CONCEPT 18.5 Cancer results from genetic changes that affect cell cycle control

19 Viruses

A Borrowed Life

CONCEPT 19.1 A virus consists of a nucleic acid surrounded by a protein coat

CONCEPT 19.2 Viruses replicate only in host cells

CONCEPT 19.3 Viruses and prions are formidable pathogens in animals and plants

20 DNA Tools and Biotechnology

The DNA Toolbox

CONCEPT 20.1 DNA sequencing and DNA cloning are valuable tools for genetic engineering and biological inquiry

CONCEPT 20.2 Biologists use DNA technology to study gene expression and function

CONCEPT 20.3 Cloned organisms and stem cells are useful for basic research and other applications

CONCEPT 20.4 The practical applications of DNA-based biotechnology affect our lives in many ways

21 Genomes and Their Evolution

Reading the Leaves from the Tree of Life

CONCEPT 21.1 The Human Genome Project fostered development of faster, less expensive sequencing techniques

CONCEPT 21.2 Scientists use bioinformatics to analyze genomes and their functions

CONCEPT 21.3 Genomes vary in size, number of genes, and gene density

CONCEPT 21.4 Multicellular eukaryotes have a lot of noncoding DNA and many multigene families

CONCEPT 21.5 Duplication, rearrangement, and mutation of DNA contribute to genome evolution

CONCEPT 21.6 Comparing genome sequences provides clues to evolution and development

UNIT 4 MECHANISMS OF EVOLUTION 

22 Descent with Modification: A Darwinian View of Life

Endless Forms Most Beautiful

CONCEPT 22.1 The Darwinian revolution challenged traditional views of a young Earth inhabited by unchanging species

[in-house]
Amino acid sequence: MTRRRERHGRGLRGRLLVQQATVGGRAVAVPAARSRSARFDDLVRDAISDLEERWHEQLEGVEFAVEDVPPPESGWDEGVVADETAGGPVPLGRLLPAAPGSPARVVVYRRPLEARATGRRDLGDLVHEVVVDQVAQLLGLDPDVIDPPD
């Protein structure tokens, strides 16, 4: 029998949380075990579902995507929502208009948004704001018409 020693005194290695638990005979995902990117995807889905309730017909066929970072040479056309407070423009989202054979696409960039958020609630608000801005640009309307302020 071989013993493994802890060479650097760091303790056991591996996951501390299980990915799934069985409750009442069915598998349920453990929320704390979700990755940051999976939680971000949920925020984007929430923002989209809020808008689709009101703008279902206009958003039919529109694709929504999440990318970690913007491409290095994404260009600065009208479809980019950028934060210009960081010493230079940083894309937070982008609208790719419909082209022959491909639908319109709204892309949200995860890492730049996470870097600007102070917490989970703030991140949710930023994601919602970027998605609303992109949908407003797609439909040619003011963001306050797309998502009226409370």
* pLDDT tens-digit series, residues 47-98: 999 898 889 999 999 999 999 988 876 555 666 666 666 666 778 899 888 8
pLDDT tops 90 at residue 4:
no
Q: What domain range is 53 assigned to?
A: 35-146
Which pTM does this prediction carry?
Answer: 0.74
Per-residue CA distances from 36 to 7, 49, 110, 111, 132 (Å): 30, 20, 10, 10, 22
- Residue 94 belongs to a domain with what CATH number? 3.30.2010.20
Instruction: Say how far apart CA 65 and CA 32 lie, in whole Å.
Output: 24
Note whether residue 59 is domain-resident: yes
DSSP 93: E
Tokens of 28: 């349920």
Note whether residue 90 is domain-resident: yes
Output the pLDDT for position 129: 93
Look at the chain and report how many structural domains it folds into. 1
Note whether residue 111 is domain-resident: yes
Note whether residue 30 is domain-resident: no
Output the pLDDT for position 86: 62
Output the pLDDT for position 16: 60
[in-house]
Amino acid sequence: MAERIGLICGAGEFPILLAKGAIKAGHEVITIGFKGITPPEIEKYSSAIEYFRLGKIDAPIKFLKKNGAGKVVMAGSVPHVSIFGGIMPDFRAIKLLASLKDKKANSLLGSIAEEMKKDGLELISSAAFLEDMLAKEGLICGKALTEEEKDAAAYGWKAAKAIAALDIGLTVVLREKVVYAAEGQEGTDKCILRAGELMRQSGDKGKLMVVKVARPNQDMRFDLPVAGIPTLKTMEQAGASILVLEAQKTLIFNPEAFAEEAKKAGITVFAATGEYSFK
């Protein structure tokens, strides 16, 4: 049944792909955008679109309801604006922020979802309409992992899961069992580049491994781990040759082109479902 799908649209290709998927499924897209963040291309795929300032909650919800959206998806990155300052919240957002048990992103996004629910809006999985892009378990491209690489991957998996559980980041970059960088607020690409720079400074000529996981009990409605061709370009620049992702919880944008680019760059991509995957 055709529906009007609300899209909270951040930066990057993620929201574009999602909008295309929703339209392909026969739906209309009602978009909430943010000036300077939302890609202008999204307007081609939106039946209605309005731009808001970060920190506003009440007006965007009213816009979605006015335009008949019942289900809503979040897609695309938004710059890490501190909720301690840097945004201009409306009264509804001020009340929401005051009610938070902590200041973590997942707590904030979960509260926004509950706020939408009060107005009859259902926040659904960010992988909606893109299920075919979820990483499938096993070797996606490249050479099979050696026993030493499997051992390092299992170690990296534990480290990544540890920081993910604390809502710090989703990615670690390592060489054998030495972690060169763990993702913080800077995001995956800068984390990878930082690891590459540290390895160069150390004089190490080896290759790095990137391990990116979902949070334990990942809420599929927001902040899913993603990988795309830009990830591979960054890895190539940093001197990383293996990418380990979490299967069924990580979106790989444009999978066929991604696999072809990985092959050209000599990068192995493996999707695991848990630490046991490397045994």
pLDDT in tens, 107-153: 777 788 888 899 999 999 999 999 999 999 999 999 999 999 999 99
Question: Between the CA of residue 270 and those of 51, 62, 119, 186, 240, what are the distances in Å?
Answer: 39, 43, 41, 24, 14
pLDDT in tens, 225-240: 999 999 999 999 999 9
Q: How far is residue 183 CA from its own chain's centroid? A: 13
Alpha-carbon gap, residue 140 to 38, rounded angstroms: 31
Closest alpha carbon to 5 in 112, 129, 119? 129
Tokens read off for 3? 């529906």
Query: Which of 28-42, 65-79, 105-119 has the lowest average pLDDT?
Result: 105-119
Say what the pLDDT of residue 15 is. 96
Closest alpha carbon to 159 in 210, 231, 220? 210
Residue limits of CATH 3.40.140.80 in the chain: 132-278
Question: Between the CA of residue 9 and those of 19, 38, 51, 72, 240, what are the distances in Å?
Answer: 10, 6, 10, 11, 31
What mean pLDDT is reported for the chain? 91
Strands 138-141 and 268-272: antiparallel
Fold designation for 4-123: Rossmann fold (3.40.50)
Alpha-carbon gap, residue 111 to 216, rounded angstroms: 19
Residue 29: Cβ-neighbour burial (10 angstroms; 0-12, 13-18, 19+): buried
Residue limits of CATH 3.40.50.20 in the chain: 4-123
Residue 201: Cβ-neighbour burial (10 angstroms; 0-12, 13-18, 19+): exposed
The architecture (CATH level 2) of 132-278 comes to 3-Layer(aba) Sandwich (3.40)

CONCEPT 22.2 Descent with modification by natural selection explains the adaptations of organisms and the unity and diversity of life

CONCEPT 22.3 Evolution is supported by an overwhelming amount of scientific evidence

23 The Evolution of Populations

The Smallest Unit of Evolution

CONCEPT 23.1 Genetic variation makes evolution possible

CONCEPT 23.2 The Hardy-Weinberg equation can be used to test whether a population is evolving

CONCEPT 23.3 Natural selection, genetic drift, and gene flow can alter allele frequencies in a population

CONCEPT 23.4 Natural selection is the only mechanism that consistently causes adaptive evolution

24 The Origin of Species

That “Mystery of Mysteries”

CONCEPT 24.1 The biological species concept emphasizes reproductive isolation

CONCEPT 24.2 Speciation can take place with or without geographic separation

CONCEPT 24.3 Hybrid zones reveal factors that cause reproductive isolation

CONCEPT 24.4 Speciation can occur rapidly or slowly and can result from changes in few or many genes

25 The History of Life on Earth

A Surprise in the Desert 

CONCEPT 25.1 Conditions on early Earth made the origin of life possible

CONCEPT 25.2 The fossil record documents the history of life

CONCEPT 25.3 Key events in life’s history include the origins of unicellular and multicellular organisms and the colonization of land

CONCEPT 25.4 The rise and fall of groups of organisms reflect differences in speciation and extinction rates

CONCEPT 25.5 Major changes in body form can result from changes in the sequences and regulation of developmental genes

CONCEPT 25.6 Evolution is not goal oriented

UNIT 5 THE EVOLUTIONARY HISTORY OF BIOLOGICAL DIVERSITY 

26 Phylogeny and the Tree of Life

Investigating the Tree of Life

CONCEPT 26.1 Phylogenies show evolutionary relationships

CONCEPT 26.2 Phylogenies are inferred from morphological and molecular data

CONCEPT 26.3 Shared characters are used to construct phylogenetic trees

CONCEPT 26.4 An organism’s evolutionary history is documented in its genome

CONCEPT 26.5 Molecular clocks help track evolutionary time

CONCEPT 26.6 Our understanding of the tree of life continues to change based on new data

27 Bacteria and Archaea

Masters of Adaptation

CONCEPT 27.1 Structural and functional adaptations contribute to prokaryotic success

CONCEPT 27.2 Rapid reproduction, mutation, and genetic recombination promote genetic diversity in prokaryotes

CONCEPT 27.3 Diverse nutritional and metabolic adaptations have evolved in prokaryotes

CONCEPT 27.4 Prokaryotes have radiated into a diverse set of lineages

CONCEPT 27.5 Prokaryotes play crucial roles in the biosphere

CONCEPT 27.6 Prokaryotes have both beneficial and harmful impacts on humans

28 Protists

Living Small